Michael Jackson's mother on Monday accused the promoter of his doomed final tour of sacrificing the drug-addled star in a "ruthless" pursuit of profit in the months before his 2009 death.
At the opening of the trial in Los Angeles between Katherine Jackson and AEG Live, her lawyer Brian Panish said the promoter negligently hired doctor Conrad Murray, who was convicted in 2011 of causing Jackson's death.
Jackson's 82-year-old mother sat impassive in the front row, flanked by his siblings Randy and Rebbie, as Panish detailed the self-styled King of Pop's long-term addiction to pain medicines, alcohol and other drugs
Panish accused Anschutz Entertainment Group (AEG) of neglecting its duty of care to Jackson, as it strove to become the world's biggest concert promoter through the doomed 'This is it' series of concerts in London.
"AEG had a problem and they wanted to fix it. And they didn't care who got lost in the wash," he said.
"They were ruthless. They wanted to be number one at all costs."
"Michael Jackson, Dr. Conrad Murray and AEG Live each played a part in the ultimate result, the death of Michael Jackson," he said, but added: "Without AEG none of this would ever have occurred."
Katherine Jackson, wearing a blue trouser suit, was greeted by fans who shouted "We love you Mrs. Jackson" as she arrived for the start of the trial, expected to last at least three months.
She is reportedly seeking billions of dollars in damages - no figure is mentioned in court documents - on behalf of Jackson's children Prince, 16, Paris, 14 and 11-year-old "Blanket."
The elder two could appear as witnesses, alongside a string of celebrities who may testify, including Quincy Jones, Diana Ross, and Spike Lee. Both of Jackson's ex-wives, Lisa Marie Presley and Debbie Rowe, could also appear.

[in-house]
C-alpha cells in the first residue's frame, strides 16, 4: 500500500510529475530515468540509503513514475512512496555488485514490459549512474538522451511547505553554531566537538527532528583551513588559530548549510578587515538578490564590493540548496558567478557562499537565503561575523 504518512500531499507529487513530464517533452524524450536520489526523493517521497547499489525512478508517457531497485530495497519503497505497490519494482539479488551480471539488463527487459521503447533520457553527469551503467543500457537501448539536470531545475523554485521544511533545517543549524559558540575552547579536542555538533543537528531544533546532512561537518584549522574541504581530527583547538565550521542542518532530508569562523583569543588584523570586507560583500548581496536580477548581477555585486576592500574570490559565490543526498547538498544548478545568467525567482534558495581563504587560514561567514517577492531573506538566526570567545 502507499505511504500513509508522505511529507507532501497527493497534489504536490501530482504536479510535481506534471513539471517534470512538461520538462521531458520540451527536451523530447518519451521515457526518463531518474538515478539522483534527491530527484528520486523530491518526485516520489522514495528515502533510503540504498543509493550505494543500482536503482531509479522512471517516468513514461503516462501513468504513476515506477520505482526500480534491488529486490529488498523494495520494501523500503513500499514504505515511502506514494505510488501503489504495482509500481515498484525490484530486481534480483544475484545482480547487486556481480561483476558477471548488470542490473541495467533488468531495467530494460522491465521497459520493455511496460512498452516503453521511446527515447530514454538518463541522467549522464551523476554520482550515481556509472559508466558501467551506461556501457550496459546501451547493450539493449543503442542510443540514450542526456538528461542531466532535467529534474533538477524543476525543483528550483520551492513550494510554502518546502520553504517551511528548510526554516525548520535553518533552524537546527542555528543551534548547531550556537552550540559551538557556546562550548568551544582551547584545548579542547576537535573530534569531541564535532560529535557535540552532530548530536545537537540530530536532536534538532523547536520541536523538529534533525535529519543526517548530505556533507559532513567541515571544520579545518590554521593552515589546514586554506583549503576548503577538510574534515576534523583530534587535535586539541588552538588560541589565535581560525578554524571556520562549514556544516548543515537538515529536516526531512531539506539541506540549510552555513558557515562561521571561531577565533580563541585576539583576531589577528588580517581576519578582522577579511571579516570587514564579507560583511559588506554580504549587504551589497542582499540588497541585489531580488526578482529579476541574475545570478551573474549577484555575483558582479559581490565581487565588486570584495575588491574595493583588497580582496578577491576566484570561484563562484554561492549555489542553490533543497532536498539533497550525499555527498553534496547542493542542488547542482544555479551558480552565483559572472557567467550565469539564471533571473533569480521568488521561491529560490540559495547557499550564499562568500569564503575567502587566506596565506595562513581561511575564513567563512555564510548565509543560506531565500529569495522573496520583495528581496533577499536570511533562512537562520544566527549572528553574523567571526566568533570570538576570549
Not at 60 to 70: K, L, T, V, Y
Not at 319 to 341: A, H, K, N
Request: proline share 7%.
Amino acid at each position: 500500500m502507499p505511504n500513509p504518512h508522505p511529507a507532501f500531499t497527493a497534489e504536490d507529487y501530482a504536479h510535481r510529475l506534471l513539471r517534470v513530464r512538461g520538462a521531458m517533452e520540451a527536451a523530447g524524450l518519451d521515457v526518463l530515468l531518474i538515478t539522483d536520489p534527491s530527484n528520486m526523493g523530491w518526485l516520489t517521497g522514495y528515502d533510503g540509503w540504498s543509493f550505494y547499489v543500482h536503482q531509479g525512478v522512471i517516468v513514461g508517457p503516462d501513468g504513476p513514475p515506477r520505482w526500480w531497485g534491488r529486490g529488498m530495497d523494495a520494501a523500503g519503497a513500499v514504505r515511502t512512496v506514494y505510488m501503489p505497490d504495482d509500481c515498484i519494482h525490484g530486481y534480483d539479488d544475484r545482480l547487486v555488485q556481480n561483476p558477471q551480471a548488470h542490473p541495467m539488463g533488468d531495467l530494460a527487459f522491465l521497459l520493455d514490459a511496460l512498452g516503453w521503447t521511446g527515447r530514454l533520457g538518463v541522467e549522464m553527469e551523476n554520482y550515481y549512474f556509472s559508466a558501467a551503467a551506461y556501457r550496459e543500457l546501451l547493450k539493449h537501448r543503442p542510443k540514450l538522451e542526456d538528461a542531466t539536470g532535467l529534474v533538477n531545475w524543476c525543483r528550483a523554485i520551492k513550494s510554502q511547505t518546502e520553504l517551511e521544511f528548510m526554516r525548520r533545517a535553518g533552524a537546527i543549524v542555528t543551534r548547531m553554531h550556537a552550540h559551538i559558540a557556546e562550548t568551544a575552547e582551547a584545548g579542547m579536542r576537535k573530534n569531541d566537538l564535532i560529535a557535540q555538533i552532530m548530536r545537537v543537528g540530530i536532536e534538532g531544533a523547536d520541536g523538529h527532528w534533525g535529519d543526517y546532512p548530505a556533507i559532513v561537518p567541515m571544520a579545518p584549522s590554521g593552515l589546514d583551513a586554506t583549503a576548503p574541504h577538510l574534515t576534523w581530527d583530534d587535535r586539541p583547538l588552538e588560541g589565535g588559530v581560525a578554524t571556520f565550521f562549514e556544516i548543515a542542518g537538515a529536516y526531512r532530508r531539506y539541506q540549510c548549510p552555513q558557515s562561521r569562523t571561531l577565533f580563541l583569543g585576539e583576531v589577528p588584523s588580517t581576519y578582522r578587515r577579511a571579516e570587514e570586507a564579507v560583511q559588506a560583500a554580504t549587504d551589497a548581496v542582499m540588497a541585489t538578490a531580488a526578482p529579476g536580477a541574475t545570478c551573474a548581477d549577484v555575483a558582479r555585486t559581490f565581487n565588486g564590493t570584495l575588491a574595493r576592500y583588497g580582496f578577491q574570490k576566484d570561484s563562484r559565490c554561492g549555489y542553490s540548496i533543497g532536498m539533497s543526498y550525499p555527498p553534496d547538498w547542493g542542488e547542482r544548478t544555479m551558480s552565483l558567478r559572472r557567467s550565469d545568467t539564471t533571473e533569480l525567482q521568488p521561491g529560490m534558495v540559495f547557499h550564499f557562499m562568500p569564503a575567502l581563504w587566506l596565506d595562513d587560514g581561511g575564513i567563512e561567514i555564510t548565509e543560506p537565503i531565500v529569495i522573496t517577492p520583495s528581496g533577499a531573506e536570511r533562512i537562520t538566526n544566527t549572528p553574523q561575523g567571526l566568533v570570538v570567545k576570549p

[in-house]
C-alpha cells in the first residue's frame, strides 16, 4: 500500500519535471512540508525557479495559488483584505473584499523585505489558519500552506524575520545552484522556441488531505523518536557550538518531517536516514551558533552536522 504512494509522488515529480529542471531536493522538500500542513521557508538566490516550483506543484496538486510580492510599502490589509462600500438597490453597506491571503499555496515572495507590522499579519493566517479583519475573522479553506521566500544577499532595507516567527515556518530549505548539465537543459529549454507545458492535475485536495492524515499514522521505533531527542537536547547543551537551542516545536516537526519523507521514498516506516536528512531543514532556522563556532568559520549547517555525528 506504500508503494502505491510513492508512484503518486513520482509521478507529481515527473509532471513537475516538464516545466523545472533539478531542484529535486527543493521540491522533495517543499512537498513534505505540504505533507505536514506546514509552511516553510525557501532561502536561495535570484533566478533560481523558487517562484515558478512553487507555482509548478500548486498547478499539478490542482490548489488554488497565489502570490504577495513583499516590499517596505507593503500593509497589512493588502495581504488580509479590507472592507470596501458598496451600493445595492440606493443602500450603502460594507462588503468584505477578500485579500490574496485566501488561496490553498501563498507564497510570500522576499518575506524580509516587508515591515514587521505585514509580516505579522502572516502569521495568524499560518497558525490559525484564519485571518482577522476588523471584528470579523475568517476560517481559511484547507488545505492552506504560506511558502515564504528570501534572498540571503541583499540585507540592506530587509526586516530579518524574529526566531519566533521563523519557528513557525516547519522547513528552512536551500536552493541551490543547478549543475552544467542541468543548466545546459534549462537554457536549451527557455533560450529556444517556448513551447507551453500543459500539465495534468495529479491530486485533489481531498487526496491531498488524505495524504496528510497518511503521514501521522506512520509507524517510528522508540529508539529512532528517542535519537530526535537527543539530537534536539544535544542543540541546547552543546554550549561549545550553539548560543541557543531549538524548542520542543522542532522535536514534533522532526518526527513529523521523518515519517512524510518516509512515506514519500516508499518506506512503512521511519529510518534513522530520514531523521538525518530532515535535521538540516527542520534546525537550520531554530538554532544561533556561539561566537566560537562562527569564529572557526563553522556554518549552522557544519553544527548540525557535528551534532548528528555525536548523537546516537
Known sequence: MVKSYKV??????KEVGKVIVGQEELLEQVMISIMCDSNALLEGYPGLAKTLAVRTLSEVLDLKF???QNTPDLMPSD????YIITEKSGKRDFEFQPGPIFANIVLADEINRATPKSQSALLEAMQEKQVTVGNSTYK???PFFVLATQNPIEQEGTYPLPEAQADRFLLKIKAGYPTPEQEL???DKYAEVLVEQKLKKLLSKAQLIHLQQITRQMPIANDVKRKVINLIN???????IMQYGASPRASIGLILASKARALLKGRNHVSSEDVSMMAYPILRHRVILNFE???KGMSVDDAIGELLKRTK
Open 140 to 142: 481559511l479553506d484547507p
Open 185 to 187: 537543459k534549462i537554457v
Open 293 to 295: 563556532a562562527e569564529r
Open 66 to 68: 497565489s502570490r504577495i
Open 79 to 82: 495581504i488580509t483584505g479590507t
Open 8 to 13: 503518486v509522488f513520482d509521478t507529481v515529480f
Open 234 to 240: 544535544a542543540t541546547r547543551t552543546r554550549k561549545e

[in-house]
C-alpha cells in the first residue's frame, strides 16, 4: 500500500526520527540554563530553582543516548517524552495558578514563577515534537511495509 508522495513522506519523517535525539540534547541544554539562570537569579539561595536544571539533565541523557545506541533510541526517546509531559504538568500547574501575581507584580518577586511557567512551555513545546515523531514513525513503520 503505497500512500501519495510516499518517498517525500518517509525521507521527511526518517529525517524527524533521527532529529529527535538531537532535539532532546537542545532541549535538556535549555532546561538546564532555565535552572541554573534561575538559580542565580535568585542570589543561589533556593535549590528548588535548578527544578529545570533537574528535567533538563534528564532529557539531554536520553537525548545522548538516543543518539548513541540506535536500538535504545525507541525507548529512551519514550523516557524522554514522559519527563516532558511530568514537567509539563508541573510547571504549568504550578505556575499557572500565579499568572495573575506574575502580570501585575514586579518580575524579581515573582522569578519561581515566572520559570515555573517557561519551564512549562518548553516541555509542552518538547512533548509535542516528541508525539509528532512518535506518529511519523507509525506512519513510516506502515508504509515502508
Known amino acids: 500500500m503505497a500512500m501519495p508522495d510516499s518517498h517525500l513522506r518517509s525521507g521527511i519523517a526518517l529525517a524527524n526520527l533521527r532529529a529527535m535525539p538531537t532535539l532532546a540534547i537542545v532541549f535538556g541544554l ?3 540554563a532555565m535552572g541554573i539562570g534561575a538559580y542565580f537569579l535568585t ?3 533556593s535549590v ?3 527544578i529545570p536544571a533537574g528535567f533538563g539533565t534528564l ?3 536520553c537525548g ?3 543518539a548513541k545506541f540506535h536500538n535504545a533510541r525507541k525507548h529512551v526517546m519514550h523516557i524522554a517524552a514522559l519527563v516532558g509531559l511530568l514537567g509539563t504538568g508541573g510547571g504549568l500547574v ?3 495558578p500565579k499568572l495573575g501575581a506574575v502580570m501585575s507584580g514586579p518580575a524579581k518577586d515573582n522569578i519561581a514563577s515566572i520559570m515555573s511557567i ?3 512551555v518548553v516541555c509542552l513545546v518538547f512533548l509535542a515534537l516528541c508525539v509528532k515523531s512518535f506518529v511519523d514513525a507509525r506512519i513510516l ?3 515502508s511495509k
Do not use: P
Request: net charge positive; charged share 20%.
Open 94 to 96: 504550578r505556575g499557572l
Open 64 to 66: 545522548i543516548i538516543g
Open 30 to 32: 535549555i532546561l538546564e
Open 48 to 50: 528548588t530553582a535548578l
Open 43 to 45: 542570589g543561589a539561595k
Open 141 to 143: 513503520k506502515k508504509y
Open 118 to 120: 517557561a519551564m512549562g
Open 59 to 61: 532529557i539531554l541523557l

Murray was convicted of involuntary manslaughter in 2011. He has launched an appeal, and declined to testify at the civil wrongful death trial against AEG, to avoid incriminating himself.
The singer died at his Los Angeles mansion on June 25, 2009 at age 50 from an overdose of the powerful sedative propofol, administered by Murray to help the Thriller legend deal with chronic insomnia.
At the time of his death, he was rehearsing for a series of 50 shows in London, organized with AEG, in an attempt to revive his career and ease his financial woes.
The promoter claims Jackson had a history of drug abuse long before the singer met Murray, who was hired for a salary of $150,000 a month to care for him before and during the shows at London's O2 Arena.
But Jackson's mother claims AEG Live pushed her son too hard to prepare despite clear signs that he was struggling to cope.
"AEG, despite its knowledge of Michael Jackson's physical condition, breached those duties by putting its desire for massive profits from the tour over the health and safety of Michael Jackson," says the lawsuit.
Much could turn on who exactly was responsible for hiring and paying Murray, whether Jackson himself or AEG.
Panish cited a string of emails at Monday's opening session, including one about Murray from AEG executive Paul Gongaware to tour director Kenny Ortega 11 days before Jackson's death, which clearly implicated AEG.
"We want to remind him that it is AEG, not MJ who is paying his salary," he wrote on June 14, 2009, discussing a planned "intervention" after Jackson failed to turn up for rehearsals, and was unfit to perform when he did so.
Judge Yvette Palazuelos has allowed testimony about child molestation charges against Jackson to be heard, but she has notably refused to allow testimony about the parentage of Jackson's three children.